I want to know how to value options? I know this is a lot, but it’s driving me crazy. I am a small partner in a financial services firm sold in 2007. I can exercise an option beginning 2012. There is a minimum and maximum price to the option.
The minimum and maximum value differential is 4x. So it could be worth a little or worth a lot if the business grows a lot. This is a non-public company and the option value is based on a company revaluation (multiple of EBITDA) in the year I choose to exercise.
Since the sale in 2007, our business has fallen off the cliff due to the financial downturn, down 80%. Is it true that a court could decide the asset is worth the minimum and force me today to pay New Jersey half the value now based on a present value calculation? Or would they say – wait until 2012 and New Jersey gets half of whatever it is? Since the option is not a public company and I have to be employed to exercise, is it worth anything today? Am I forced to stay at the firm even if I do not wish to? Any help is much appreciated.
Stock options which are vested and exercisable upon the date the marriage ended will most likely be viewed by the court as marital property and valued at the present valuation. The options will then be divided in an equitable manner with your spouse. Conversely, any stock options which are not exercisable or vested as of the date the marriage ended will most likely be deemed your separate property and considered an incentive for future employment. Community property states are different, but you do not provide your location in you question; therefore, the above information may apply in your jurisdiction.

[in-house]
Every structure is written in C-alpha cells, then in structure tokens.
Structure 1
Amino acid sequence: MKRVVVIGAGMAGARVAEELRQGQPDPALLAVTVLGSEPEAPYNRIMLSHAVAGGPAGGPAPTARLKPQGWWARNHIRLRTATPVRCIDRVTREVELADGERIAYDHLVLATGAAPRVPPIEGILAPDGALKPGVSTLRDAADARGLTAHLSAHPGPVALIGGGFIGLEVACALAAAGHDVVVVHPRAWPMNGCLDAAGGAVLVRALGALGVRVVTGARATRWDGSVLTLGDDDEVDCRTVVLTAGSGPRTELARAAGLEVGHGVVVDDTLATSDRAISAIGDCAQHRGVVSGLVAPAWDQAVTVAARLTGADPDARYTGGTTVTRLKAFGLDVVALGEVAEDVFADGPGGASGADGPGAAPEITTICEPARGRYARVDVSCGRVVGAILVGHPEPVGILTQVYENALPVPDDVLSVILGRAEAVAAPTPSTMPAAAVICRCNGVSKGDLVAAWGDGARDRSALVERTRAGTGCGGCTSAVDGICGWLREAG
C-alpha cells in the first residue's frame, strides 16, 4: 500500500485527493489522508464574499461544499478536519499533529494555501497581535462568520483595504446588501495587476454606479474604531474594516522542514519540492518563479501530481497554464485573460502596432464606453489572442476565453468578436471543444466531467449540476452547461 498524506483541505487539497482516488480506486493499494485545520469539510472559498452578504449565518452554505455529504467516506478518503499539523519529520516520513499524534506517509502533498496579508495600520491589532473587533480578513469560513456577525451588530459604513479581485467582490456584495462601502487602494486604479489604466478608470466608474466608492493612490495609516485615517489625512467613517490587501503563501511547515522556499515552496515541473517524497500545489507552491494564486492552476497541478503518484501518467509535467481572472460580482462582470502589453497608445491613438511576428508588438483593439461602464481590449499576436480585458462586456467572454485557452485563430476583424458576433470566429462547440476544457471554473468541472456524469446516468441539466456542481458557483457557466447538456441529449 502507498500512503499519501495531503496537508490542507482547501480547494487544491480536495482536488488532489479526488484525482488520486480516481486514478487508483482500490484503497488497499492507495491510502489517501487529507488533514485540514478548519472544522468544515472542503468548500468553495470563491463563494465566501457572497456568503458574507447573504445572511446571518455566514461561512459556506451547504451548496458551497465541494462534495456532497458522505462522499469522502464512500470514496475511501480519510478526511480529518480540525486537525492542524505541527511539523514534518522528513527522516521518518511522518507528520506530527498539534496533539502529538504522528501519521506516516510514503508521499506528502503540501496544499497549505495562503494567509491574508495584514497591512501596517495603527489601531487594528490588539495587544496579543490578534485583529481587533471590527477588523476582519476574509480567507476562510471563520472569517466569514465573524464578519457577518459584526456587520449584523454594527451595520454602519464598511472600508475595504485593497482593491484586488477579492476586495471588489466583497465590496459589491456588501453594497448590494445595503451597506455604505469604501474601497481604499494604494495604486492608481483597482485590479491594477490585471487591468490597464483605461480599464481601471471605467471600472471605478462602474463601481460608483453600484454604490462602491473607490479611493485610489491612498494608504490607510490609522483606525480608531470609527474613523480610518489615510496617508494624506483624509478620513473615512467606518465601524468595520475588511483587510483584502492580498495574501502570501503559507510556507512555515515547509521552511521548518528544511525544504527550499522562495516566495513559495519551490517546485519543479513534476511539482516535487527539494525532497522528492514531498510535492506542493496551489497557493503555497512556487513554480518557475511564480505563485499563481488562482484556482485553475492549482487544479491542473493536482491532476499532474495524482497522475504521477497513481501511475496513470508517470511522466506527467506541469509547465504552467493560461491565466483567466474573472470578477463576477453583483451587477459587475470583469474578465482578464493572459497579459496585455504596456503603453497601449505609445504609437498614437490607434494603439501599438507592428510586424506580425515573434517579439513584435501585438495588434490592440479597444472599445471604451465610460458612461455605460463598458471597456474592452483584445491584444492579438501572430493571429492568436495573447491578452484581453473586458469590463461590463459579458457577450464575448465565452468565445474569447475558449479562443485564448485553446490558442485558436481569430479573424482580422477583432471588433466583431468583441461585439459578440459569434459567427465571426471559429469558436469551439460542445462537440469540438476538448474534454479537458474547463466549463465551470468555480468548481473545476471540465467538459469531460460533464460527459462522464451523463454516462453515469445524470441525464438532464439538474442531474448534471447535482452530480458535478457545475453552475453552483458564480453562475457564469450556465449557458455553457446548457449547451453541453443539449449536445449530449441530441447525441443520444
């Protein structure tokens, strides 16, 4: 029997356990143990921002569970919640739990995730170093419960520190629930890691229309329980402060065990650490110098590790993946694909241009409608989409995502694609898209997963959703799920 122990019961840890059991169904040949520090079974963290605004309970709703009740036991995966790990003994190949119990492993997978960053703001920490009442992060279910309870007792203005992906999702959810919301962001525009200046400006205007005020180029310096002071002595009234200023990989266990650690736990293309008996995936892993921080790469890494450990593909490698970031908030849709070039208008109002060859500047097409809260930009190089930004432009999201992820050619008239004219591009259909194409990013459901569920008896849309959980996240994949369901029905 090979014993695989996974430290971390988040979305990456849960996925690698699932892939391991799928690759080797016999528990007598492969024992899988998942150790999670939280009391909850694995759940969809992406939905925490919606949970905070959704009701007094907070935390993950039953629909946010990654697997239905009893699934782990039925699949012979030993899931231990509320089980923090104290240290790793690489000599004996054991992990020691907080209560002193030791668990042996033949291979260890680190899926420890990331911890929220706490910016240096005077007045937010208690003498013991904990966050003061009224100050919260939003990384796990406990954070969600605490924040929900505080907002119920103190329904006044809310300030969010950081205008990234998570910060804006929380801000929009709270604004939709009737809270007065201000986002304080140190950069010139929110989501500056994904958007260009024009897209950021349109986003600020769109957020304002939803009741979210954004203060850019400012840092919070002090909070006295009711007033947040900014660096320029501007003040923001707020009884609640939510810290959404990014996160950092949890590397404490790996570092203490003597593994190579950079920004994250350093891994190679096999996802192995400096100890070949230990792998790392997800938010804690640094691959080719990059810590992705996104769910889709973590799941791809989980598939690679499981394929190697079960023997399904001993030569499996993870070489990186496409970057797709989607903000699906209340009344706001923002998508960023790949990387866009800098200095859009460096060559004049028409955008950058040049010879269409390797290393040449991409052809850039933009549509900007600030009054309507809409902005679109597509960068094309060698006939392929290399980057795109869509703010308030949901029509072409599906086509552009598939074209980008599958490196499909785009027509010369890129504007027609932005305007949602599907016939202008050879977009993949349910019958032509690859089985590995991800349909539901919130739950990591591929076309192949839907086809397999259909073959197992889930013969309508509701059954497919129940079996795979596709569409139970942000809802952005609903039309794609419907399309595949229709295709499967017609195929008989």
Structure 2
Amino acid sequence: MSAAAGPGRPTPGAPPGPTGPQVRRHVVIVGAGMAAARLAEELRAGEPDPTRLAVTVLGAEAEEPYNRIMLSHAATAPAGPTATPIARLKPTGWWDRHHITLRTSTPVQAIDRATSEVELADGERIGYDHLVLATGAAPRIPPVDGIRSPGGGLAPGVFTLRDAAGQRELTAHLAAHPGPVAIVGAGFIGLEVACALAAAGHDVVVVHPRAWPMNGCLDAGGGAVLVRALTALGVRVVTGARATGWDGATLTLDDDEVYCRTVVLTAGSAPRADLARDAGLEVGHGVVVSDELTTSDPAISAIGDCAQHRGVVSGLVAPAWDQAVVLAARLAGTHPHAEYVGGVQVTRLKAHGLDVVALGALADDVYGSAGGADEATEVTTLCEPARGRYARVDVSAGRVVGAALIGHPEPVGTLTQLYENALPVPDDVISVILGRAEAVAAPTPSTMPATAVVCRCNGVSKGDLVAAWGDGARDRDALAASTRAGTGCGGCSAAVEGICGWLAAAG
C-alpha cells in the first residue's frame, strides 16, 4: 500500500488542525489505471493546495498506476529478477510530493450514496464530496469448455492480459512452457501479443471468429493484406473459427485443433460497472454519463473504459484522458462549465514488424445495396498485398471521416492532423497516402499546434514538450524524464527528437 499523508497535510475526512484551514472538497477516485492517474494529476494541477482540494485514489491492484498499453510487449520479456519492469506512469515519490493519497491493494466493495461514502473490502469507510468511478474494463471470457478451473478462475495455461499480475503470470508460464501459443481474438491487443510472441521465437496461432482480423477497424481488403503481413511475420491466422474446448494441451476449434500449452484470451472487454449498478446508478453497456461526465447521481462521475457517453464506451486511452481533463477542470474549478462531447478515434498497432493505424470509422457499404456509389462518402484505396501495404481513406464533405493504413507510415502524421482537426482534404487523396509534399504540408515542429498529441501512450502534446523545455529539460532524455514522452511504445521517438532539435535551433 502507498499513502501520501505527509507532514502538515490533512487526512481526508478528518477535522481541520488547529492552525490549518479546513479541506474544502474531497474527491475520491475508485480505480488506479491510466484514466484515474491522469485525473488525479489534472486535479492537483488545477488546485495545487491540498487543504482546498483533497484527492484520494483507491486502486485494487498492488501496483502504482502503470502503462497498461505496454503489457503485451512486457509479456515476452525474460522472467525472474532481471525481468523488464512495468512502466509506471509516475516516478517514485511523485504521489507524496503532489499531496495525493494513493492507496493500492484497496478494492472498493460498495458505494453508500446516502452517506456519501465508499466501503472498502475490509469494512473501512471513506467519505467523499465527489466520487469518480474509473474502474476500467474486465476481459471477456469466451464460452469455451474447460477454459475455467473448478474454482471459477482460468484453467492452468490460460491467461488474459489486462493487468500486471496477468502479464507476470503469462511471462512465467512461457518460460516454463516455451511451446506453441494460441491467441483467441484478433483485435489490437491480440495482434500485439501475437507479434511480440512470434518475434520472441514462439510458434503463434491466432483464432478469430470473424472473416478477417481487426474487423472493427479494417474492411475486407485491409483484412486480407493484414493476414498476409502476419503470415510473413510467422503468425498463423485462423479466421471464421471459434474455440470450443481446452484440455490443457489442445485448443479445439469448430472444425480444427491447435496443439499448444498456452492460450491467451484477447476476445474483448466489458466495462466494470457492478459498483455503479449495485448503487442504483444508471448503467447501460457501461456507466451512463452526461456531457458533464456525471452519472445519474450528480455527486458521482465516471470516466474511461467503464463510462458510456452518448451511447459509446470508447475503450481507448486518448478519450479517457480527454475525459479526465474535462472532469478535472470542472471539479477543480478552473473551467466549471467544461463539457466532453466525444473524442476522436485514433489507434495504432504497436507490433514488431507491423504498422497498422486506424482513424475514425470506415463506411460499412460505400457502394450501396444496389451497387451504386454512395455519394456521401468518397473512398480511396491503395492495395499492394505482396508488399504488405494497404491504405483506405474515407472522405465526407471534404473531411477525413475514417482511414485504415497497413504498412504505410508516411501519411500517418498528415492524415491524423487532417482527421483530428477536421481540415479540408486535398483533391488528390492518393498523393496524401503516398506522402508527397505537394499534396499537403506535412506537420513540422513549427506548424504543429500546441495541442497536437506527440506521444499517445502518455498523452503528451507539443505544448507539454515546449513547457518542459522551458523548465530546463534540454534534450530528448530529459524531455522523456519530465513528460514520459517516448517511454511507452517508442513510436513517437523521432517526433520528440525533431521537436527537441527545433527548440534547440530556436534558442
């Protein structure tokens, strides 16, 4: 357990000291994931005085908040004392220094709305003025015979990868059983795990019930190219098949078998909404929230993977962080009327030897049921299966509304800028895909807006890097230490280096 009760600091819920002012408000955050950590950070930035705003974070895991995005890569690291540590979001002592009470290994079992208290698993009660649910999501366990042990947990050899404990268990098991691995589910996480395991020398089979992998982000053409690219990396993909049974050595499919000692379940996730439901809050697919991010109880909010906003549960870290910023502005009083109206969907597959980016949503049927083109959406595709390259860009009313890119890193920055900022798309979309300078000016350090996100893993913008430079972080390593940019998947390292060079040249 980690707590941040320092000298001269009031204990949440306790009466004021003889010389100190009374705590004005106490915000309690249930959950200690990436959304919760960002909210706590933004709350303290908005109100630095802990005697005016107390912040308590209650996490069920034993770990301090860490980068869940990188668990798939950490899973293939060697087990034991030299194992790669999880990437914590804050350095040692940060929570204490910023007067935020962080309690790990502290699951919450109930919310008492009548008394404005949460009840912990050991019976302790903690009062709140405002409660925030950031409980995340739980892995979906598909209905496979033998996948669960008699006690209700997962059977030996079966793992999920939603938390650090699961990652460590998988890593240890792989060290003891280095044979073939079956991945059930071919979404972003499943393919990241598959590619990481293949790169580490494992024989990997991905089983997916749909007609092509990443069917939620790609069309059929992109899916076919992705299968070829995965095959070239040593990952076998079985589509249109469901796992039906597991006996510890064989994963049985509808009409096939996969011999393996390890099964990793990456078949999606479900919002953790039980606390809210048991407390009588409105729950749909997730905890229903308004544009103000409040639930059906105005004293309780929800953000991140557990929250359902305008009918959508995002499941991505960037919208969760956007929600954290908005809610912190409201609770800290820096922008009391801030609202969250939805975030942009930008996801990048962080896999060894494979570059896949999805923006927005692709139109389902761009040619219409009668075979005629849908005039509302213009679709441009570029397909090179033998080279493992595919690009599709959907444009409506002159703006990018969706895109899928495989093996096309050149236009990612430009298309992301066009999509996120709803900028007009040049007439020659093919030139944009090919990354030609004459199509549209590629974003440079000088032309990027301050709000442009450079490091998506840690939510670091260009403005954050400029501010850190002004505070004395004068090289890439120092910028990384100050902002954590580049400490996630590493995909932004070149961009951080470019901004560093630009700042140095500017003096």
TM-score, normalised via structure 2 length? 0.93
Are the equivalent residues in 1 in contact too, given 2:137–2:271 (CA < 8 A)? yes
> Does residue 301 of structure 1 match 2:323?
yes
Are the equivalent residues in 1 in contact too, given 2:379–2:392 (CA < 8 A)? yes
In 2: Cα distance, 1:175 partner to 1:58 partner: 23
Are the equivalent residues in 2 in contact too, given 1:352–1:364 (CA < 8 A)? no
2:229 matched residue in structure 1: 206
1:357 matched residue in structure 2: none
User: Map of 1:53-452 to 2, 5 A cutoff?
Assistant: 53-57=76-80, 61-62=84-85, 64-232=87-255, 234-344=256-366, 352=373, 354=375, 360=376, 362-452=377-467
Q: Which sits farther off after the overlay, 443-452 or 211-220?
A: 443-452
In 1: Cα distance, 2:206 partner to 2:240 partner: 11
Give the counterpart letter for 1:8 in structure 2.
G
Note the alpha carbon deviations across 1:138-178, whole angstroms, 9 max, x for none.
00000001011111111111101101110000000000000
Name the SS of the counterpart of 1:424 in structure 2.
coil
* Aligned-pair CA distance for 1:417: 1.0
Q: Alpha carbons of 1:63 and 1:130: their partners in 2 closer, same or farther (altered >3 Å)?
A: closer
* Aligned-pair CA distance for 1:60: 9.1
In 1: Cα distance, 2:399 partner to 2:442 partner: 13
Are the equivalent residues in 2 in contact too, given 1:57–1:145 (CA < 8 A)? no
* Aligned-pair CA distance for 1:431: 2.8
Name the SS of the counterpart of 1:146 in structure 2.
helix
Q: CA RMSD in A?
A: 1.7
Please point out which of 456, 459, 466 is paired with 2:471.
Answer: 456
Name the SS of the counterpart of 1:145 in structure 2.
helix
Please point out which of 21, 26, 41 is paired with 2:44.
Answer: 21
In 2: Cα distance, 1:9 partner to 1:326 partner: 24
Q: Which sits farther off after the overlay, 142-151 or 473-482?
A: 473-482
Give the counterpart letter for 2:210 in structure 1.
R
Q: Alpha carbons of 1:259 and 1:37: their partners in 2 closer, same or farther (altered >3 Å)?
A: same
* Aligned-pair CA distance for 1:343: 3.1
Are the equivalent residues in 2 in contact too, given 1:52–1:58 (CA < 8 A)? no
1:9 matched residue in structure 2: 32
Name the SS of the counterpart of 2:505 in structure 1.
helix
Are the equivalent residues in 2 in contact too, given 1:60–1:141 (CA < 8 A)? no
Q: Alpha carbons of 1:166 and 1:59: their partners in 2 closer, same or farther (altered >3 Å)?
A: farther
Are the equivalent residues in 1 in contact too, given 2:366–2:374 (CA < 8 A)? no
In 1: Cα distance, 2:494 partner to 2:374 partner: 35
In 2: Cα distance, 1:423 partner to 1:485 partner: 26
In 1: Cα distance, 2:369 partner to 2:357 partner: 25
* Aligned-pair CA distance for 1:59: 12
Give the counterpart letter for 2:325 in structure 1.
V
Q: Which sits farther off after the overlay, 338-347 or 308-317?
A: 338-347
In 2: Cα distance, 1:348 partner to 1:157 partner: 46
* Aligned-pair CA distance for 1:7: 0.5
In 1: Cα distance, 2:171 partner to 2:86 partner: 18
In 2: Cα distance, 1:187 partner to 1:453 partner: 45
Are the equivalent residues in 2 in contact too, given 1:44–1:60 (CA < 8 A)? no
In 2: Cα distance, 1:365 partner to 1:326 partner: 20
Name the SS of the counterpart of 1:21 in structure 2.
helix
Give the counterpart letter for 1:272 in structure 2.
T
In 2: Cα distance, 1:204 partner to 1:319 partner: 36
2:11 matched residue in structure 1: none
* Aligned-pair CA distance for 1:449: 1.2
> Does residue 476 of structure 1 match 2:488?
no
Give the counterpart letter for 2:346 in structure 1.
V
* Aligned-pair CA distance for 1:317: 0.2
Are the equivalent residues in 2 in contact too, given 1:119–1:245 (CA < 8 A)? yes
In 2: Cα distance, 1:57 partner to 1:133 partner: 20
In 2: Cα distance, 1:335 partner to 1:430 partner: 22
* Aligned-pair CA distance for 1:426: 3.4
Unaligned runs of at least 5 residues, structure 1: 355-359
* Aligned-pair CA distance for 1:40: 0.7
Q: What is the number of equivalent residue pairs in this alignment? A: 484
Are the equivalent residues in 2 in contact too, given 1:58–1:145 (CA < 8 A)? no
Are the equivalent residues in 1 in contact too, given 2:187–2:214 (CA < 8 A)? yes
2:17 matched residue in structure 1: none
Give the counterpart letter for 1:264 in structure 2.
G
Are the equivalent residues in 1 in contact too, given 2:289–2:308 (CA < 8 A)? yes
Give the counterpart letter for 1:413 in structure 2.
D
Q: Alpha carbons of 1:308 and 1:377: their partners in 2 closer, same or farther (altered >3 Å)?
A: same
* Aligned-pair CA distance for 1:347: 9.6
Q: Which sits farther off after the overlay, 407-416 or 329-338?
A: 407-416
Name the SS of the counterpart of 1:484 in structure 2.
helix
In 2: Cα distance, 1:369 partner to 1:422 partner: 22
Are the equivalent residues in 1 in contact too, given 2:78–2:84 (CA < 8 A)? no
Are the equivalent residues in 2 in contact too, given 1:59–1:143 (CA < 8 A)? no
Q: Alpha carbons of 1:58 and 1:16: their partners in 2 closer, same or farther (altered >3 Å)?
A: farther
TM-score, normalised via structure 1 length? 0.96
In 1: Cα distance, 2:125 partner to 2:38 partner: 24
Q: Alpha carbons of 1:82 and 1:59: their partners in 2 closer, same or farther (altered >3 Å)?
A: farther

If your options are vested and exercisable, the court will probably want you to use the present valuation and split them equally with your wife. However, as in your case, the options are not exercisable until 2012, and should be treated as an incentive for future employment. They should remain your separate property and not be divided with your wife. This is done because you may not desire to stay with this company for three more years, and you cannot be required to do so. As you are aware, the attorneys for both parties will negotiate the terms of the asset division plans and likely present different division plans to the Court, but the stock options should remain your separate property.
Milandria King is a Senior Attorney in the Memphis, Tennessee office for Cordell & Cordell, P.C., admitted to practice law in the state of Tennessee. Additionally, Ms. King is admitted to practice before the Sixth Circuit Court of Appeals and before the United States District Court for the Western District of Tennessee. Her memberships include the American Bar Association, the Memphis Bar Association, the Tennessee Bar Association, as well as the Association for Women Attorneys.